New Delhi, Aug 28: It once galvanised Indians to gang up against the colonisers' pernicious plan the first partition of Bengal. Braving Britishers' brutality, singing the soul-stirring song, nationalists banished the firangs. But Vande Mataram, India's premier national song, never threw one thing off its back: controversy.
A central government directive wanted all schools to recite the first two stanzas of the song at 11 am on September 7 to mark the completion of the centenary celebrations commemorating adoption of the national song.
However, it has snowballed into a controversy after some Muslim clerics in Uttar Pradesh opposed the order as, according to them, Vande Mataram's singing amounted to worshipping the motherland and Muslims cannot worship any other than Allah.
Soon HRD minister Arjun Singh retracted, making the song's recitation voluntary. Significantly, Singh's volte face came at a function in a madrassa in Uttar Pradesh, a state scheduled to go for polls in a few months.
Predictably, the BJP, desperate to polarise UP's voters along communal lines, raised its old, tired slogan: "Is desh mein rahna hai to Vande Mataram kehna hoga (If you want to live in this country, you will have to sing Vande Mataram)."
The media went to Imam Syed Ahmed Bukhari whose kingdom doesn't stretch beyond the walls of Delhi's Jama Masjid. Bukhari, as is his wont, didn't disappoint the sensation-seeking newswallahs and called Vande Mataram "anti-Islamic".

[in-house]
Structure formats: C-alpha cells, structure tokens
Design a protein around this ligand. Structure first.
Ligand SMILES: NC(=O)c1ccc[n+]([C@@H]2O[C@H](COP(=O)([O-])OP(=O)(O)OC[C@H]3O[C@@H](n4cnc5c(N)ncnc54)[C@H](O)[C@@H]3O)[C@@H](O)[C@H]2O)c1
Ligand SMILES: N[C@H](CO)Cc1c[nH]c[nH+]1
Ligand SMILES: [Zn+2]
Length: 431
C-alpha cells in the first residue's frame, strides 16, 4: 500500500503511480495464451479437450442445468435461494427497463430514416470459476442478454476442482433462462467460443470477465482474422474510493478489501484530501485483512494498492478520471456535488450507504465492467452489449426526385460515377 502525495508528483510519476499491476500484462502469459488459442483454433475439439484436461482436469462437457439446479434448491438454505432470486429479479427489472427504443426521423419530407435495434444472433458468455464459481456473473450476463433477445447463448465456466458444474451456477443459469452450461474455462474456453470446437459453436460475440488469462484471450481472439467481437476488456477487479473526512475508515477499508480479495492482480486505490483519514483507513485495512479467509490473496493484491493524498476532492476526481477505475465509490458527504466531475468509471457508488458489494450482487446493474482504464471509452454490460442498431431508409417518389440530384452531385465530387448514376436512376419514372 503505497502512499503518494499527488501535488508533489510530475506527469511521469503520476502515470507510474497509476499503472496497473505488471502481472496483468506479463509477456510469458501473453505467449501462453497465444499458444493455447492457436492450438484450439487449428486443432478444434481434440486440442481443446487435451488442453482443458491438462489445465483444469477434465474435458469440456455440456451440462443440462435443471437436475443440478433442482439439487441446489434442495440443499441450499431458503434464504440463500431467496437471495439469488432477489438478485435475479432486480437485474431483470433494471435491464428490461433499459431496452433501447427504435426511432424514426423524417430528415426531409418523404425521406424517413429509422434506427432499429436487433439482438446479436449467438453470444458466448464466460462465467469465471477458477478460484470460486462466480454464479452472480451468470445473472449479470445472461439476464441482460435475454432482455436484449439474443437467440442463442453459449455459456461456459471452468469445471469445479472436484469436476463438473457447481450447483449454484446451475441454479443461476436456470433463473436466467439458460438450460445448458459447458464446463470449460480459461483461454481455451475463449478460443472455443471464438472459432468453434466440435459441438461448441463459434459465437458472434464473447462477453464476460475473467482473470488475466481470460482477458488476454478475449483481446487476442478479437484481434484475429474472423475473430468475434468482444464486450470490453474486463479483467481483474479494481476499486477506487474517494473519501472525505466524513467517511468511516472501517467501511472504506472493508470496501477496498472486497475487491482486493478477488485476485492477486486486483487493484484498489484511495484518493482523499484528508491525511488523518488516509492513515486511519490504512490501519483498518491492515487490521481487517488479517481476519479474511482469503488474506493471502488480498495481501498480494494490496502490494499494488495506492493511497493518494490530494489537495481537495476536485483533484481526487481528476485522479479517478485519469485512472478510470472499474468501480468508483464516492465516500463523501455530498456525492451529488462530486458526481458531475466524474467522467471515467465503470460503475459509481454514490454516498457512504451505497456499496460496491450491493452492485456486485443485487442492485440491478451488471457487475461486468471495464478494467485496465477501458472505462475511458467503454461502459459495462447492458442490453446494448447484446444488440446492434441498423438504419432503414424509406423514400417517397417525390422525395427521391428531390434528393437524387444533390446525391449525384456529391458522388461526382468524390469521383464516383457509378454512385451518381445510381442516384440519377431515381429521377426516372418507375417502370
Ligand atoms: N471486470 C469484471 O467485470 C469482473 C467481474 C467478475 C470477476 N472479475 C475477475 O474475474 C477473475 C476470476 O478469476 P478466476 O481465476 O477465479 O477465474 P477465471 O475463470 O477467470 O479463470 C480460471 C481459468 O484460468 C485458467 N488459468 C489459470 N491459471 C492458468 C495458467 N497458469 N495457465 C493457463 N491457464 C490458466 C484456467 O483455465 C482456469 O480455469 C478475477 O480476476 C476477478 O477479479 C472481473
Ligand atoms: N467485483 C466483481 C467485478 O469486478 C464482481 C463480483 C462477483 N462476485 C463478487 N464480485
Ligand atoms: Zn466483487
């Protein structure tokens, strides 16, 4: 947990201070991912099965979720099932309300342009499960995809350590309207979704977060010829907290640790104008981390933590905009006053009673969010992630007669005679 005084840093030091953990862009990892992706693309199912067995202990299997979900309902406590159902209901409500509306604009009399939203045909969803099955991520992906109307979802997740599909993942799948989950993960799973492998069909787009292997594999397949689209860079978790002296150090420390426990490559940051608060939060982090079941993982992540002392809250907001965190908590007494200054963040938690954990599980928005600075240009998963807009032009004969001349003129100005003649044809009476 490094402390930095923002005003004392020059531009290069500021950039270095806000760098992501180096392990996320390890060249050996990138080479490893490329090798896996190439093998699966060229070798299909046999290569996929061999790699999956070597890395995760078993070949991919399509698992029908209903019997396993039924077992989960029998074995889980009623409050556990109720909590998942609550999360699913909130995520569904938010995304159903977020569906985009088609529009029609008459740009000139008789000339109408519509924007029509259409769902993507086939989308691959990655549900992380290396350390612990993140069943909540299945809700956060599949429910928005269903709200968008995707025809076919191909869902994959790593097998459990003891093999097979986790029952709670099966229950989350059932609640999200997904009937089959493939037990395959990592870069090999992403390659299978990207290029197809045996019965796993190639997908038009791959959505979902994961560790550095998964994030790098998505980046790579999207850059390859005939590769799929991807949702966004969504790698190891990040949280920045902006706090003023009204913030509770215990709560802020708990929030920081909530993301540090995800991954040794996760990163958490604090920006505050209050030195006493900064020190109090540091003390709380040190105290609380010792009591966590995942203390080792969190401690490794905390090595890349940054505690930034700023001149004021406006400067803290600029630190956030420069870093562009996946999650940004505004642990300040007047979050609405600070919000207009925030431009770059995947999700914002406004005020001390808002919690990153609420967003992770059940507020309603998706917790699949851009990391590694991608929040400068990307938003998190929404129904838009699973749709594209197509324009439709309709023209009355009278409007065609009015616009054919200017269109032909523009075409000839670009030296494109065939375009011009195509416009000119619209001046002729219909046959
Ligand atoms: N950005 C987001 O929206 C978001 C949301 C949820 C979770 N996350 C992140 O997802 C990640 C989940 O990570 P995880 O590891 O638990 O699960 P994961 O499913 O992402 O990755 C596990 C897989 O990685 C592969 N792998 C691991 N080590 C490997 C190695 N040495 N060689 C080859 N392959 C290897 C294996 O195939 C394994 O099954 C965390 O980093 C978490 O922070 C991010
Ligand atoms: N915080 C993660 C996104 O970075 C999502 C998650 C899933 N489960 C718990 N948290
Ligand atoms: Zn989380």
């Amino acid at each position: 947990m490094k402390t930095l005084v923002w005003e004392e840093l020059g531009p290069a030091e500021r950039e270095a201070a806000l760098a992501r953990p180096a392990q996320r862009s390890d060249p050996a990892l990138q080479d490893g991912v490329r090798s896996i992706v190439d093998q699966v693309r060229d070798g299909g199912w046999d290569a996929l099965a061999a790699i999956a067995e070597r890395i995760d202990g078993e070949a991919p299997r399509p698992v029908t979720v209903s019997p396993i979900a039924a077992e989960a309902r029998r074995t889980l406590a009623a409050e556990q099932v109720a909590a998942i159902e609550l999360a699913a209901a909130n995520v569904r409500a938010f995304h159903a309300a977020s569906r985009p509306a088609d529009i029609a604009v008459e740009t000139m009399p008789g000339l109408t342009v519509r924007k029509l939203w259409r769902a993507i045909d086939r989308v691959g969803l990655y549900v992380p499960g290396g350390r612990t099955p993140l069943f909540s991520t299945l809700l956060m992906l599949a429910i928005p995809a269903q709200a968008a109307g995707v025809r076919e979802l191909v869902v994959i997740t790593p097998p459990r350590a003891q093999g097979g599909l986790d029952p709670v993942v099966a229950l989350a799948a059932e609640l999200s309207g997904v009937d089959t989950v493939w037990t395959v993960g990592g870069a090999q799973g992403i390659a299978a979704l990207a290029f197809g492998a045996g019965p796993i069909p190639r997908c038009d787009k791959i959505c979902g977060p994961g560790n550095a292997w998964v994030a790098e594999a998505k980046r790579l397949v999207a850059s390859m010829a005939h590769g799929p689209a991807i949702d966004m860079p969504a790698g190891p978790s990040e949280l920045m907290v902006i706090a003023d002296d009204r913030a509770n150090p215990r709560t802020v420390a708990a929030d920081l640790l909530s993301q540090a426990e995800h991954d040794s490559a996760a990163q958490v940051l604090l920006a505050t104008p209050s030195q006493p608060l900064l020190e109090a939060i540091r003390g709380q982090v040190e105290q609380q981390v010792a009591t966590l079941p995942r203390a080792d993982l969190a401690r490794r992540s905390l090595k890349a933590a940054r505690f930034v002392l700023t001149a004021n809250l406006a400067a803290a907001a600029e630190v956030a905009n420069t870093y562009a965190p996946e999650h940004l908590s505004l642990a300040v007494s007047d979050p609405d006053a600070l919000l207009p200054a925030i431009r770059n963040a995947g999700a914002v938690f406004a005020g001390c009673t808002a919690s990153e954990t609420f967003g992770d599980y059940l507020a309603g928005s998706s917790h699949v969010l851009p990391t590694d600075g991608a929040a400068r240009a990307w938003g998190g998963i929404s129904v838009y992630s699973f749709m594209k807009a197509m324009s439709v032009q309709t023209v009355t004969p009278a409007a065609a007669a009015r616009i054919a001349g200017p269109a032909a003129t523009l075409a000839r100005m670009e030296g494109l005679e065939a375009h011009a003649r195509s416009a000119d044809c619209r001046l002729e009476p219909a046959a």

A few years ago, on a television programme, Bukhari had shown sympathy with the Talibans and opposed American invasion of Afghanistan. To which Shabana Azmi had said that Bukhari should be airdropped to Kandhar if he so loved Osama bin Laden.
Tragically, Vande Mataram is being victimised mostly because of the controversy that surrounded it during the communally charged 1930s and 1940s.
It suited the Muslim League's propaganda that Muslims would get further subjugated in Hindu India because they would be forced to sing a song that alluded to Hindu religion. Idol worship is anathema to Islam.
Bankim Chandra Chatterjee would not have imagined that his simple paean to rural Bengal, composed in 1876, would be a national debate over a century later.
Vande Mataram painted a beautiful portrait of an exotic rural landscape, with the sun shining on lush green fields, the moonlight glistening on gently rippling rivers and flowers dancing on trees.
Subsequently, Chatterjee included this patriotic paean in his 1882 controversial novel Anandamath. Some critics dismissed it as anti-Muslim as Anandamath glorified "the annihilation of Muslims and not the British rule in India."